What Makes us Want to Program? Part 2

In my previous post I started talking about part of my personal history with software development, and when QBasic got me hooked.  I ended the post talking about the move to Canada.  We arrived in Canada literally a week (7 days exactly) before Grade 9 started.  After getting enrolled in school, I tried to find something to keep my mind occupied.  It was either that or contemplate what Grade 9 would be like for someone who used to live 3000 miles away in another country.  And winter.  Still 4 months away, but definitely something I didn’t want to think about.  Being that we moved to a house in the country, I couldn’t just walk around town either.  Mental occupation was harder than I thought.

So what does a 14 year old boy, new to the country, living in the middle of nowhere, do to keep himself from going crazy?  Install Linux of course!  I needed something to keep my interest, as well as to keep the gears in my head moving.  If memory serves, I started out with a vanilla copy of Red Hat Linux.  It was pretty easy to install, but being new to the OS architecture, the device mapping was a little confusing.  After a couple months of studying the Linux architecture, I started writing shell scripts, and even delved into the source code.  After testing some minor modifications to different components I started to learn the basis for the C/C++ languages.  Imagine that, a 14 year old kid understanding the basis for C++.

While trying to keep my mind still occupied, I came across an interesting find: The National Security Agency’s Security Enhanced Linux Kernel.  If compiled and installed wrong, you will destroy the build.  Learned that the hard way…  And seeing as I couldn’t find a proper driver for my modem anyway, I gave up on Linux and moved back to XP.  Not that the internet was all that useful anyway; I was connecting at 28.8 half the time.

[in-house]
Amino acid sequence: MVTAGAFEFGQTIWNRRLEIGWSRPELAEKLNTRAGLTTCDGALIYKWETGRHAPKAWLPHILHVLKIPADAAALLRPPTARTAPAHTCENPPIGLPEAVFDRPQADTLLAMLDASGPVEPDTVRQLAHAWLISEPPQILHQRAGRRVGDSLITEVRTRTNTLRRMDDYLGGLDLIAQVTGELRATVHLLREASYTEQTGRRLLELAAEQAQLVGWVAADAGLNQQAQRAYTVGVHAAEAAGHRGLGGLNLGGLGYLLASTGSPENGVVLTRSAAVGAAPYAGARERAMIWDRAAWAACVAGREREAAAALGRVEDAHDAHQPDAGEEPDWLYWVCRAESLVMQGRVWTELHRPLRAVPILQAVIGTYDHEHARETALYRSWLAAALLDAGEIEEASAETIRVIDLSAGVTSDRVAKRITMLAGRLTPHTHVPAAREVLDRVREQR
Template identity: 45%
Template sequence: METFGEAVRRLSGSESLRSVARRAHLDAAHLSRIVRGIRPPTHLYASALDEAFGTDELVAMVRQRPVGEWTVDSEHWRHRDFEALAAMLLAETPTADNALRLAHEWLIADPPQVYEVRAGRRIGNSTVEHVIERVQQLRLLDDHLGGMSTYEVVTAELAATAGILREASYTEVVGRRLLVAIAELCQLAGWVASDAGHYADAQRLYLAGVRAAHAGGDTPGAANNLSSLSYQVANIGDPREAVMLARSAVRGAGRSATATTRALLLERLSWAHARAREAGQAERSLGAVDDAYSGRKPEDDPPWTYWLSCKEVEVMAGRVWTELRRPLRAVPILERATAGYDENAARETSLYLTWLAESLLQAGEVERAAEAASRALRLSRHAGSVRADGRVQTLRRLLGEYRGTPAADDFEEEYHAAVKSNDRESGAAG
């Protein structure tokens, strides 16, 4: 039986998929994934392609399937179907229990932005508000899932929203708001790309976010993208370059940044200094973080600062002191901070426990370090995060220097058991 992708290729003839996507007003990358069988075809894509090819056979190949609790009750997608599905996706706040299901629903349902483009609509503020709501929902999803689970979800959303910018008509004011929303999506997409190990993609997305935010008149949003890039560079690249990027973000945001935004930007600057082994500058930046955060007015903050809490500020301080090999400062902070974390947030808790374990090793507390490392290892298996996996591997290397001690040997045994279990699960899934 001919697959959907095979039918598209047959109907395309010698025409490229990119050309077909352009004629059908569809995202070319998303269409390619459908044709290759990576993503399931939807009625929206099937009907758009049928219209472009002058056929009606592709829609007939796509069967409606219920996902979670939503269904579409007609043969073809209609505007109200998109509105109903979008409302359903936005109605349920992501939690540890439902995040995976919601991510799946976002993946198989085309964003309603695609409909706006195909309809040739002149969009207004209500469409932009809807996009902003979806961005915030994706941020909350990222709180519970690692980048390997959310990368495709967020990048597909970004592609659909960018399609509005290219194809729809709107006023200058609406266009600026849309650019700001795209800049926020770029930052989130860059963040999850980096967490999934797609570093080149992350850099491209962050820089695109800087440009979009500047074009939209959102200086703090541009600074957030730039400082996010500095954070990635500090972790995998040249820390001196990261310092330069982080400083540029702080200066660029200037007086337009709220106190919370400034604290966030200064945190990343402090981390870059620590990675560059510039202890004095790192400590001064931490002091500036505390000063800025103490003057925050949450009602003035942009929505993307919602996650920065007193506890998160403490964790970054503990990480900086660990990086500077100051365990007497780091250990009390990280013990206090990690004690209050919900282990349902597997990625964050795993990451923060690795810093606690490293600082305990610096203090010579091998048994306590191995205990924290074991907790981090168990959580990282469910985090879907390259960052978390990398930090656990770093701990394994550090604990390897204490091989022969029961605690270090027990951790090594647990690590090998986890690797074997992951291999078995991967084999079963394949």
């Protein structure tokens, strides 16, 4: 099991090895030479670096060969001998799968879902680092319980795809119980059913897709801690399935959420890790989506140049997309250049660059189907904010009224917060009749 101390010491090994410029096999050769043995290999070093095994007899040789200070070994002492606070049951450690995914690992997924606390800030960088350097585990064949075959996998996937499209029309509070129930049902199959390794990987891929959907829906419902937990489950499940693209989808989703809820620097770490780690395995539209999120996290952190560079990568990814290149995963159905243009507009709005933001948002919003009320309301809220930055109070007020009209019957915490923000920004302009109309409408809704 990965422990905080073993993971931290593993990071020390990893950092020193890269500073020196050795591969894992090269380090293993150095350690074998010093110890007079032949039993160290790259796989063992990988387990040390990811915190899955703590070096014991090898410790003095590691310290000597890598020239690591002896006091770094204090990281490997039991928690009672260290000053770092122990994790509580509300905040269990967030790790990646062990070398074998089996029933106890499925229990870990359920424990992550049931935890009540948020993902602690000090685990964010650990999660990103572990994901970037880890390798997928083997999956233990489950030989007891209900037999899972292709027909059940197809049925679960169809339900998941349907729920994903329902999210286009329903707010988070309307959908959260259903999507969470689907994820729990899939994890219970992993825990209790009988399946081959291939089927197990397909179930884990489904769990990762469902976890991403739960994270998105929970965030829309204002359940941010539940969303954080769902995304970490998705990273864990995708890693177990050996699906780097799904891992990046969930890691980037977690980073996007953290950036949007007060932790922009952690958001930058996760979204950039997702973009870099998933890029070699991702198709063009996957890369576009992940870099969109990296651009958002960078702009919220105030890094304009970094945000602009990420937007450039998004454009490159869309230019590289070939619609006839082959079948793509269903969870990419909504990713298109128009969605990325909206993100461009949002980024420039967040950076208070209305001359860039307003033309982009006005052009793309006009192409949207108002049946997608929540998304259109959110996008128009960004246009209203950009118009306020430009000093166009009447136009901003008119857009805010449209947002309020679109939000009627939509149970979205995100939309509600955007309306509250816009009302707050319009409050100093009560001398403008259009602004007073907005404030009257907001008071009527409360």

Going back to the image in Part 1, I met an interesting character in school.  He turned out to be one of my best friends, and fellow developers, Greg. We started working on some odd projects here and there in VB, until I was tasked with building a web store.  Since I had never actually brought HTML and Dev together, I was a little nervous about what I was getting myself into.  Going with what I knew well, I started in ASP with VB code.  This was not ASP.NET.  Earlier, I had said I never found VB all that intuitive as a language.  The syntax never really made sense to me.  So my friend suggested I take a look at PHP as an alternative.  I liked it.

PHP had the flow of C, and the usefulness of VB.  With PHP I got the store finished and launched.  The site worked great.  I was 15.

Once the first spring of my existence in Canada rolled around, a couple friends and I decided to start a band.  We sucked.  But seeing as one of the other members was Greg, we had an awesome website.  We had media streaming, custom modified forums, and full site statistics.  The statistics were built around the forum.  The site pulled data from recent posts, recent events, and recent user logins, and compared the data to the media streams.  We could see who was doing what.  Mind you, there was only about 50 people who loitered around the site, but the site was a great proof of concept for what we could do.

Following the demise of the band, Greg and I were invited to a Microsoft hosted event.  It was here that I fell in love with ASP.NET.  Which I will discuss in Part 3.